Collections > UNC Chapel Hill Undergraduate Honors Theses Collection > Quantification of Interneuron Damage in a Mouse Model for Prenatal Alcohol Exposure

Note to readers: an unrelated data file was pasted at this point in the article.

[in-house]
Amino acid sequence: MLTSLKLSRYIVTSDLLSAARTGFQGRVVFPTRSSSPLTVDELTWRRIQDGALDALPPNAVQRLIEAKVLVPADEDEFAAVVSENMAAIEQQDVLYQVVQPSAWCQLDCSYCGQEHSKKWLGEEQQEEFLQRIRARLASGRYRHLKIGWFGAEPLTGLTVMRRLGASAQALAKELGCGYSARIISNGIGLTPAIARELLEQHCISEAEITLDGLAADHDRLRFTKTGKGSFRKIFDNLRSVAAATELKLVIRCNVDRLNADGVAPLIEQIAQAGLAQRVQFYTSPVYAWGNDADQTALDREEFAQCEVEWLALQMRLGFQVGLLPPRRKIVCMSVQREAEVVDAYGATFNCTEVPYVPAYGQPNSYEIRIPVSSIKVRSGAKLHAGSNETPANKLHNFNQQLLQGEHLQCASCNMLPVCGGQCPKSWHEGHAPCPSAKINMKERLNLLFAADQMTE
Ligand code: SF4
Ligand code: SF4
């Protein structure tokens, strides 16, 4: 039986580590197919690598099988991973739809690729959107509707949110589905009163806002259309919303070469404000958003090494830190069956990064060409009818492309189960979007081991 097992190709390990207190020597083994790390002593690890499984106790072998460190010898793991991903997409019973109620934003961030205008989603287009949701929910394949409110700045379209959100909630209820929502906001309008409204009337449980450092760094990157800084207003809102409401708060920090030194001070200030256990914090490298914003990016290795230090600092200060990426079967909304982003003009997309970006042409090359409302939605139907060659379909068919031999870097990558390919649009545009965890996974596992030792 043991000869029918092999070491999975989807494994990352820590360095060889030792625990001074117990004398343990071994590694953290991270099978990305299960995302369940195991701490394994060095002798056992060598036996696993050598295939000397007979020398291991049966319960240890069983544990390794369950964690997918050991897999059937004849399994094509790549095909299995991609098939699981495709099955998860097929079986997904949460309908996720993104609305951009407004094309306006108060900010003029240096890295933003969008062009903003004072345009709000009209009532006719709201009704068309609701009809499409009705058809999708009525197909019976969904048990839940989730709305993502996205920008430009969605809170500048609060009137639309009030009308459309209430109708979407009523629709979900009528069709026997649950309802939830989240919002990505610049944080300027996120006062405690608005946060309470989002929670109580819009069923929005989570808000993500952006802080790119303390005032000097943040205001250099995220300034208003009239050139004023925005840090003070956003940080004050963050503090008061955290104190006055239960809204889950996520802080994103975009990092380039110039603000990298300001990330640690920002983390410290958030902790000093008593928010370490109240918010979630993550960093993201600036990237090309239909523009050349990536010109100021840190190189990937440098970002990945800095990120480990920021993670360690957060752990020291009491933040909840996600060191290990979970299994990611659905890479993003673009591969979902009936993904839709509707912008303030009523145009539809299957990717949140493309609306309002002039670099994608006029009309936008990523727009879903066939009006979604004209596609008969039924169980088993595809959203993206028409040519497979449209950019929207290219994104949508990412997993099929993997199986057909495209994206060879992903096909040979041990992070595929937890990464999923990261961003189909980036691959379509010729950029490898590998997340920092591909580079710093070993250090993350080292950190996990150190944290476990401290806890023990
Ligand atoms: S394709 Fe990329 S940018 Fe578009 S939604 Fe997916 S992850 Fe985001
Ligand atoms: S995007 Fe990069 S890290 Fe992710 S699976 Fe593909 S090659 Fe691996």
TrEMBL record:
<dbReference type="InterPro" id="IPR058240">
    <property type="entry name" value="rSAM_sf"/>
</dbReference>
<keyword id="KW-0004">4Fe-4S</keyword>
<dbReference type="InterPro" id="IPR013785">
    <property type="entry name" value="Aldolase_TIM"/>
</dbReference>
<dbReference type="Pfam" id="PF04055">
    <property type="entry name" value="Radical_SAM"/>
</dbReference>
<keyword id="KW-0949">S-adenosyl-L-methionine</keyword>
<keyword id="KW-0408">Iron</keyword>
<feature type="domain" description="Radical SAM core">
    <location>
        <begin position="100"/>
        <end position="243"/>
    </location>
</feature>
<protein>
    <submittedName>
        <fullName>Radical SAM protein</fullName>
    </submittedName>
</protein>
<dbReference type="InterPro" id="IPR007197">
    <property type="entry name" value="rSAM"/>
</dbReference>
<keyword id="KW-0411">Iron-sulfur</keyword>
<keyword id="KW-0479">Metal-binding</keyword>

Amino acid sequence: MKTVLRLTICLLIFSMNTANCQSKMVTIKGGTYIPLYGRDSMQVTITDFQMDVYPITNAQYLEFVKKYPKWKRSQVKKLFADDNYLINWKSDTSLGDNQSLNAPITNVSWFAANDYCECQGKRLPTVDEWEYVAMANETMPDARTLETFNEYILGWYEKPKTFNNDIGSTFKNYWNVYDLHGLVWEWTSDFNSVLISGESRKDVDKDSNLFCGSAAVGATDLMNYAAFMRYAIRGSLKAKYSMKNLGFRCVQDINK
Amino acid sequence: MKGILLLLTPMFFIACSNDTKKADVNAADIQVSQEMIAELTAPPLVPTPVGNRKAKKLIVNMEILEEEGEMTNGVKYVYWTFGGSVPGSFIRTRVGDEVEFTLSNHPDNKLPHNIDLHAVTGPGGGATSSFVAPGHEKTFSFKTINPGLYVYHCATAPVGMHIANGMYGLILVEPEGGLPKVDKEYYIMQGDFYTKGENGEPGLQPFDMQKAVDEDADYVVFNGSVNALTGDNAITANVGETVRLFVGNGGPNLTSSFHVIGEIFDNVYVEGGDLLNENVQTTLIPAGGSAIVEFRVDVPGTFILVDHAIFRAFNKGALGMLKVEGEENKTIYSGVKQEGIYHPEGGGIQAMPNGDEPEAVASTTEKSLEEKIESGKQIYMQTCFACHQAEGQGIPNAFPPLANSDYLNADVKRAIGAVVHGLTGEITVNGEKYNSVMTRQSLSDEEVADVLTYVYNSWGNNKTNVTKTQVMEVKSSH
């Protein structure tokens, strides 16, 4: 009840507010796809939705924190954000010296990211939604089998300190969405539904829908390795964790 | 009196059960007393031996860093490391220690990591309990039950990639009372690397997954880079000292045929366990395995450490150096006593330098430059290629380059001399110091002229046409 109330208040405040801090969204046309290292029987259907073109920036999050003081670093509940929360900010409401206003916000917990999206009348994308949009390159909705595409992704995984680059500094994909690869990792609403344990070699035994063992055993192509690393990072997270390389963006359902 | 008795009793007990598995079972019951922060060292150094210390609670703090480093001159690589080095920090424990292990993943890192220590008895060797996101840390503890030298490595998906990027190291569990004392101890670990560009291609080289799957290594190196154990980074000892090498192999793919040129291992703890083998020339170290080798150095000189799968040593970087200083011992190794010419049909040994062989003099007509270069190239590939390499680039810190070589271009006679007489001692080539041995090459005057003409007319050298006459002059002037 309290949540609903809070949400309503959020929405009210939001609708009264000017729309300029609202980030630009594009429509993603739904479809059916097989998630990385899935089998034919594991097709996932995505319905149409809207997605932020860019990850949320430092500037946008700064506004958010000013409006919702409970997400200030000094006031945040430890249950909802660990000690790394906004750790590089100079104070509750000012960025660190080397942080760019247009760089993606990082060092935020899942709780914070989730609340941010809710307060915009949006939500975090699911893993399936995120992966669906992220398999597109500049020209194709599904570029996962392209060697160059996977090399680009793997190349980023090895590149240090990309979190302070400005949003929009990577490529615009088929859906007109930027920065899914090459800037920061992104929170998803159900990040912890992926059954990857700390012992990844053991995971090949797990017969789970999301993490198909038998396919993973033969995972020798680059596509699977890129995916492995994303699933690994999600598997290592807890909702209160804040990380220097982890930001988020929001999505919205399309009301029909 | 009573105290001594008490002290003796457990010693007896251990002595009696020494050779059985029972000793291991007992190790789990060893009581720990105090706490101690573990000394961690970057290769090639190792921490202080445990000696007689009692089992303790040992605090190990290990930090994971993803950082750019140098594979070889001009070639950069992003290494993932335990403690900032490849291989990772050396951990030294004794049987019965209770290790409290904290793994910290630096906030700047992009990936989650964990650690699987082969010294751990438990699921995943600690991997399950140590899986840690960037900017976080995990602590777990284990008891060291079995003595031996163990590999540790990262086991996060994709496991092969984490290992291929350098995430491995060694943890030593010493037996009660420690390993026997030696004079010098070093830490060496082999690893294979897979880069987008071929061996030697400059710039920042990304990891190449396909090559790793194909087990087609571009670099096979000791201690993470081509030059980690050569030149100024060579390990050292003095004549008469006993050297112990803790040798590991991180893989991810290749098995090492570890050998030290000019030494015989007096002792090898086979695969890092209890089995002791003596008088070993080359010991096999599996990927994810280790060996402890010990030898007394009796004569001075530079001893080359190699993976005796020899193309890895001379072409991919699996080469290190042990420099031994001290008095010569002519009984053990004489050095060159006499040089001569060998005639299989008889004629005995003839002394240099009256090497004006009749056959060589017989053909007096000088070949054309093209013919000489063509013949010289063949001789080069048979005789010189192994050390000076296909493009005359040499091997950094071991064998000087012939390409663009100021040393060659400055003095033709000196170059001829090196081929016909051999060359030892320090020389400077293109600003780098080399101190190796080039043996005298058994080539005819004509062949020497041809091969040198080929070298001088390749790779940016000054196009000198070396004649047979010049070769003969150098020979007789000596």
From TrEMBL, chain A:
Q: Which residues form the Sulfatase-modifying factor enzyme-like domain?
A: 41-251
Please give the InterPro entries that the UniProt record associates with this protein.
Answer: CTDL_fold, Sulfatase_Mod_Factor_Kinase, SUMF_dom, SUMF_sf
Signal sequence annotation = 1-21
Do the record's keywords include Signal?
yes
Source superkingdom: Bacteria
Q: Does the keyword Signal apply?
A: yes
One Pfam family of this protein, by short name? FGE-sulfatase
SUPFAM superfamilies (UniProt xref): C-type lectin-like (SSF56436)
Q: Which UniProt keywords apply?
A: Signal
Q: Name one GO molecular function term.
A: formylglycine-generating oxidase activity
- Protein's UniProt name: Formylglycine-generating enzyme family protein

Prenatal alcohol exposure (PAE) can result in a range of mental disabilities and physical defects. Because adults affected by PAE demonstrate increased susceptibility to alcohol dependence, it was hypothesized that PAE leads to the loss of inhibitory GABAergic interneurons in corticostriatal circuits that regulate reward perception. Offspring of mice that experienced acute ethanol exposure on gestation day 7 (GD 7) were used as an animal model. Intracranial self-stimulation studies showed a marked difference in threshold for non-exposed controls and PAE mice during the first 15 minutes following morphine injection, but no significant difference was shown with alcohol or cocaine. Immunohistochemistry against parvalbumin was performed to visualize the GABAergic interneurons of the CNS in the nucleus accumbens, medial prefrontal cortex, dorsal striatum, and medial septum. A preliminary count of the interneurons in the nucleus accumbens showed no difference between control and PAE mice. In the future, further quantification of GABAergic interneurons in all four regions of interest may conclude that maternal ethanol ingestion on GD 7 causes significant damage to the normal distribution of inhibitory interneurons in CNS structures associated with reward perception.